It was in 2011 that the first ever Adäka Cultural Festival was held on the waterfront outside the Old Fire Hall. The festival has grown exponentially since then and is now recognized as the biggest Indigenous music, arts and culture festival in the North. The festival’s mission is to showcase and celebrate the Yukon’s unique First Nations arts and culture while providing a space for emerging and established artists to develop their craft and foster their talents.

This year, festival attendees are in for several treats, including a headline performance by world-renowned Ottawa electronic duo, A Tribe Called Red. The Yukon Arts Centre will co-present the group with the Adäka Cultural Festival on July 3 at the festival’s Electric Pow Wow. A Tribe Called Red will be joined by two Yukon opening acts, the Dakhká Khwáan Dancers featuring DJ Dash, and youth electronic artist Jeremy Parkin.

Aside from A Tribe Called Red, the festival’s nearly weeklong run is packed with other performances, visual arts showcases, workshops and even children’s programming. According to Katie Johnson, Adäka co-founder, director of arts and festival producer, more than 150 Indigenous artists will participate in the festival. Johnson said there are artists coming from every community in the Yukon, as well as several places in the Northwest Territories and across Canada.

The festival programming also includes talks from elders and a variety of different traditional pursuits, such as moose tanning demonstrations.

The word “Adäka” is Southern Tutchone for “coming into the light.” The Adäka Cultural Festival aims to shine a light on the diverse population of First Nations artists in and outside of the Yukon. Each year, a different theme is used to achieve this. This year’s theme of “From the Land” will focus on land and language. Through art, song and storytelling, the festival will celebrate and raise awareness of First Nations languages and also the importance of the land on which we live.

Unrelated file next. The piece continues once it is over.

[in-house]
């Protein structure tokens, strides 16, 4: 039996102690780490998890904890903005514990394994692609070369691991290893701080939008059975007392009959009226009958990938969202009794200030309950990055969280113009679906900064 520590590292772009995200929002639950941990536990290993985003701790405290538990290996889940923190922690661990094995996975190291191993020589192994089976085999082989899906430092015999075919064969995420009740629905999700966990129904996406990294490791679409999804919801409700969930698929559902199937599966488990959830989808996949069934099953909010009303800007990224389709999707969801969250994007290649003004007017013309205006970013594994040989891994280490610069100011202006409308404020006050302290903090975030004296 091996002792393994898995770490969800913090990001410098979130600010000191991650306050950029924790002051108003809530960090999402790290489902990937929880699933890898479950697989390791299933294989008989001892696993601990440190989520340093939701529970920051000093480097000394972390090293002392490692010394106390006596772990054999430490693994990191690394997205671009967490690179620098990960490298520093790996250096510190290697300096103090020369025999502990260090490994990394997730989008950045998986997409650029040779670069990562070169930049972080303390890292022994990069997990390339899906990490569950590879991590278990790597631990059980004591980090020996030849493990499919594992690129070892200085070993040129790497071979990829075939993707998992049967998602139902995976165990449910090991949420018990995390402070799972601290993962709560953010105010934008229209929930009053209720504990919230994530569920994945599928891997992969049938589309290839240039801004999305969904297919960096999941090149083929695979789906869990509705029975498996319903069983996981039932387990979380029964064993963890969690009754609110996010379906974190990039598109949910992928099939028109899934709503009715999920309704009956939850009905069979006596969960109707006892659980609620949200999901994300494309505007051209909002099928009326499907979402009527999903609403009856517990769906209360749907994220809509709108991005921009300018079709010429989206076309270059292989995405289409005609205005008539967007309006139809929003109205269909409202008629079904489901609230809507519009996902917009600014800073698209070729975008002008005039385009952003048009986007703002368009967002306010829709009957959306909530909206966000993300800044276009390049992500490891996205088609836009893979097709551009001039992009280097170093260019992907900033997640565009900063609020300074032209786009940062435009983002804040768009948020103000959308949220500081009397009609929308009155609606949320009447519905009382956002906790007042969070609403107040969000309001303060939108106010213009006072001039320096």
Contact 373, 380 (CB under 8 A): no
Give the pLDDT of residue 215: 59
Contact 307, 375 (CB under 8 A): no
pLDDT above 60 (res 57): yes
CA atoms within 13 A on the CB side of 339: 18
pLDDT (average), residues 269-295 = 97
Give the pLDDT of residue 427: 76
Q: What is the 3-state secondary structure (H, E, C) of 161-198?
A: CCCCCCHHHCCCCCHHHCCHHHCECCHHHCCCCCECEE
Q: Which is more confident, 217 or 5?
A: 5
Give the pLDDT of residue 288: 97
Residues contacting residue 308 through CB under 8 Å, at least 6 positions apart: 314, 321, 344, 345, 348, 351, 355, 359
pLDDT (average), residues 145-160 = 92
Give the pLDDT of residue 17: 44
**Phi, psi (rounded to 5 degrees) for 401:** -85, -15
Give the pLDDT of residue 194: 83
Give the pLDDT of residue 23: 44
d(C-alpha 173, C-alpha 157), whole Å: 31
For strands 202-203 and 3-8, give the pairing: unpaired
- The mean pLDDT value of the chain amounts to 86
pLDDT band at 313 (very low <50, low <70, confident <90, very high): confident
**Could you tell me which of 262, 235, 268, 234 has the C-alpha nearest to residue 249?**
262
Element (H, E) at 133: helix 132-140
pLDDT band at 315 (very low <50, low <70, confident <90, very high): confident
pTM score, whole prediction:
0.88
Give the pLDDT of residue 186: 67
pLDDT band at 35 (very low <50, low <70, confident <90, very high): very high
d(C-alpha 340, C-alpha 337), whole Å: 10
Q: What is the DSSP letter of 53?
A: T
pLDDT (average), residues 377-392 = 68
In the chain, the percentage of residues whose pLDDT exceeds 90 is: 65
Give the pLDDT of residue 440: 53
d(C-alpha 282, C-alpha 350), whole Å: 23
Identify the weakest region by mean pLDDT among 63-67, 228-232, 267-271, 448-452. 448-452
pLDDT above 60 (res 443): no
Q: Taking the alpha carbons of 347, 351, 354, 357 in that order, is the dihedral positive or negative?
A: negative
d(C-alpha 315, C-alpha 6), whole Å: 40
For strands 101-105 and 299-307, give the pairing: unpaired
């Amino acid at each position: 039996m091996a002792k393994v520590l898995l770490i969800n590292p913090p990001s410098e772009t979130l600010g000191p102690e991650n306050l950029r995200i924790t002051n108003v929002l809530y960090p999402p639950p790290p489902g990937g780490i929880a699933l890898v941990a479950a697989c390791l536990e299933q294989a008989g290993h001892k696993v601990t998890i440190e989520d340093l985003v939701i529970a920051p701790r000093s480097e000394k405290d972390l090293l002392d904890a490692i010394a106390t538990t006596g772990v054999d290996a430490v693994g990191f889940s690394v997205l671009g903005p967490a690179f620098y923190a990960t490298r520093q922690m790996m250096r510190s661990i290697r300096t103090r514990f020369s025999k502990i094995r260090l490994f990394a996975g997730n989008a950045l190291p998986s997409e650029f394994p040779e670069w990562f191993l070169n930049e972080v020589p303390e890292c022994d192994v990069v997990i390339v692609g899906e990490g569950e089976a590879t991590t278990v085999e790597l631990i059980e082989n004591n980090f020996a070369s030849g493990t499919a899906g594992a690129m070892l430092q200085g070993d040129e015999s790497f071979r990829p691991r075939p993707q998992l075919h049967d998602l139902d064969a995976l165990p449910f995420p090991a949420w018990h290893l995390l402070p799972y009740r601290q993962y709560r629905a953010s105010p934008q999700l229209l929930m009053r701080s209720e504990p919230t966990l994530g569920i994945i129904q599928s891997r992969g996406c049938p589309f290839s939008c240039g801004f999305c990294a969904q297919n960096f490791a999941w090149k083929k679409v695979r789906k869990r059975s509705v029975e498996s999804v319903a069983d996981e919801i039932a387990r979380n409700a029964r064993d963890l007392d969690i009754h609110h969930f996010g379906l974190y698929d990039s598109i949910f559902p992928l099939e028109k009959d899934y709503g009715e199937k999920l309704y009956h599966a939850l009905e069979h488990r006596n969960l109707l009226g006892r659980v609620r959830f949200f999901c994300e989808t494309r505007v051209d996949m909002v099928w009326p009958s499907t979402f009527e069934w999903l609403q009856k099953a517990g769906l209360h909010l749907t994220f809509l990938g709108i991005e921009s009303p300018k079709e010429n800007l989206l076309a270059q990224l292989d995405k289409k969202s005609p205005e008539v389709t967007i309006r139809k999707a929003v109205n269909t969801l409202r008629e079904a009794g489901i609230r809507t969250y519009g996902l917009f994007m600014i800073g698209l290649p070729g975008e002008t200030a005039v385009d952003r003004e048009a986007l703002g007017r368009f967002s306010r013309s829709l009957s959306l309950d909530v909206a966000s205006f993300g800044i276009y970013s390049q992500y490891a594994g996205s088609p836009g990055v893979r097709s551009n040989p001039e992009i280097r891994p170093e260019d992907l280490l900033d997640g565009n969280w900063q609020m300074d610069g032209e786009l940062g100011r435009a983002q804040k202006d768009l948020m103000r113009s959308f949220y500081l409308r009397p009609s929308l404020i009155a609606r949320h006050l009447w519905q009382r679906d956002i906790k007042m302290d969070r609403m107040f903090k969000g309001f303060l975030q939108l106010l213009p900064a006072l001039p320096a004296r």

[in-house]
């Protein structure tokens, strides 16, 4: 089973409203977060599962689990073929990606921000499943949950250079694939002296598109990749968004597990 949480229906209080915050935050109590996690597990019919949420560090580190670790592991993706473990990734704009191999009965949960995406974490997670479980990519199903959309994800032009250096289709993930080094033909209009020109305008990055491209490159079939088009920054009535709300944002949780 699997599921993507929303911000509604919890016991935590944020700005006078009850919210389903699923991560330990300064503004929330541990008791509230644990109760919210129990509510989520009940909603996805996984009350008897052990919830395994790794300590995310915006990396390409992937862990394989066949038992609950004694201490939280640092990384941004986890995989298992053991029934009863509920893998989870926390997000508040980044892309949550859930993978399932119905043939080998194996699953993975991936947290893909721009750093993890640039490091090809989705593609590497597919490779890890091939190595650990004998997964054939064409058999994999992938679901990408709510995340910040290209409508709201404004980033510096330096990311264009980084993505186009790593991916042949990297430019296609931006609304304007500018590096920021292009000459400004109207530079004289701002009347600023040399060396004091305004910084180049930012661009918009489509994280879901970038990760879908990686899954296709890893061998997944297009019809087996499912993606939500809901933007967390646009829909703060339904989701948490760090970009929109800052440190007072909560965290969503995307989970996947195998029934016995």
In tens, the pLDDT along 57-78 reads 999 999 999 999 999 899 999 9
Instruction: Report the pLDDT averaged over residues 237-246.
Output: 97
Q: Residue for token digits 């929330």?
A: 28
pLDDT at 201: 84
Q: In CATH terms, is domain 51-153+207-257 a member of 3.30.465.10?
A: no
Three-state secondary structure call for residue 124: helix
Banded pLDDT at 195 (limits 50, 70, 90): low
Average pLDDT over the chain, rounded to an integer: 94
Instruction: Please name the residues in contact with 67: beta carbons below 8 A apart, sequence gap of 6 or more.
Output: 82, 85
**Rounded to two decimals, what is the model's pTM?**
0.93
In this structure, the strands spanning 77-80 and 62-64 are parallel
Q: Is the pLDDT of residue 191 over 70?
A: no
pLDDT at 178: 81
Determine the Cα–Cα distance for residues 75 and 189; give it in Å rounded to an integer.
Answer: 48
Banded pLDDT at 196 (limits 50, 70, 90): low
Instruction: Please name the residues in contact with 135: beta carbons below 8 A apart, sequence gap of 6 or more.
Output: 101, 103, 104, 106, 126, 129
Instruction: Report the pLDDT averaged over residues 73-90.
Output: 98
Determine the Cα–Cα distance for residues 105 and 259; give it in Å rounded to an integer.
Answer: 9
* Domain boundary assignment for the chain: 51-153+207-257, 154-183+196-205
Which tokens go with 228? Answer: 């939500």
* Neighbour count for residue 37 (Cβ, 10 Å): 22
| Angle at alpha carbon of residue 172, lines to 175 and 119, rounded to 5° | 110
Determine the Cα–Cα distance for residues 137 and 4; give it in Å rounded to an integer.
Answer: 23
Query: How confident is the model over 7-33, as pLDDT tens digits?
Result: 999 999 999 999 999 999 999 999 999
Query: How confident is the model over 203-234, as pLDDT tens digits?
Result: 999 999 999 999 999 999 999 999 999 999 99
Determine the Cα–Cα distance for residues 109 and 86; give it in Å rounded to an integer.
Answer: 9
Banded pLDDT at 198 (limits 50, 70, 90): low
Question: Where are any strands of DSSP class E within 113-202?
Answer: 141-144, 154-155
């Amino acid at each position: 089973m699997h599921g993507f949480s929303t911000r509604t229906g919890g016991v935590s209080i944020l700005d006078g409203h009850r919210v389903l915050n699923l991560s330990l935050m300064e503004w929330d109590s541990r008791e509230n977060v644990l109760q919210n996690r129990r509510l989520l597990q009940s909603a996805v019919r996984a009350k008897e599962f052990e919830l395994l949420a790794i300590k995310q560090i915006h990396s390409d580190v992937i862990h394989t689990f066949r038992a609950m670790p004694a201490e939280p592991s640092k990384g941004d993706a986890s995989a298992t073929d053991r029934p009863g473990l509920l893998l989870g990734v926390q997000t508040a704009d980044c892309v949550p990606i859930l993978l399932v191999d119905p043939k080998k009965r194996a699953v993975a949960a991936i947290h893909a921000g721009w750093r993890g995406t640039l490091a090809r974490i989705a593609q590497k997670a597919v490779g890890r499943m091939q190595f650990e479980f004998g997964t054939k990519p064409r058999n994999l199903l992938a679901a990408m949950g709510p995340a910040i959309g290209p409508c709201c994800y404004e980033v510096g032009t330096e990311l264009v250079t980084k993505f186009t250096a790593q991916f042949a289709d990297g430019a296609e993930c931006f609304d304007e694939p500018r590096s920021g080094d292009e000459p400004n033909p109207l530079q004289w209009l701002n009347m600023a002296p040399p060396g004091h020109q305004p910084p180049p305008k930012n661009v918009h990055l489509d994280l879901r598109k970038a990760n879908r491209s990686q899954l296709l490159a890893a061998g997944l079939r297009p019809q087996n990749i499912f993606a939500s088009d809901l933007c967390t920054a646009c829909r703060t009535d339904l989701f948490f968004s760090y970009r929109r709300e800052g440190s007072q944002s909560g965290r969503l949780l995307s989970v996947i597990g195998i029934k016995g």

“The intent is really to honour our languages and communities,” said Johnson. “We want to encourage young people to speak and sing in our languages.”While the festival is a celebration of First Nations arts, culture and language, it is also being used to promote awareness and action on current issues, such as missing and murdered Indigenous women, according to Johnson.

“Using the festival as a platform, we still continue the work in strengthening our community,” she said.

With so much going on this year and so much work put into organizing such a big event, it’s clear that the festival has come a long way in its nine years. The 2019 edition is sure to attract even more attention, meaning the festival can only grow bigger and become more recognized from here on.

“It’s definitely grown since I’ve been involved,” said Johnson. “I think it’s going to grow into an international Indigenous festival.”

The Adäka Cultural Festival takes place from June 28 until July 4 at the Kwanlin Dün Cultural Centre. All of the events are free, with the exception of the Electric Pow Wow featuring A Tribe Called Red. A full festival program, as well as artist profiles, festival information, a list of workshops and instructions for those who would like to volunteer can be found on the festival’s official website at AdakaFestival.ca.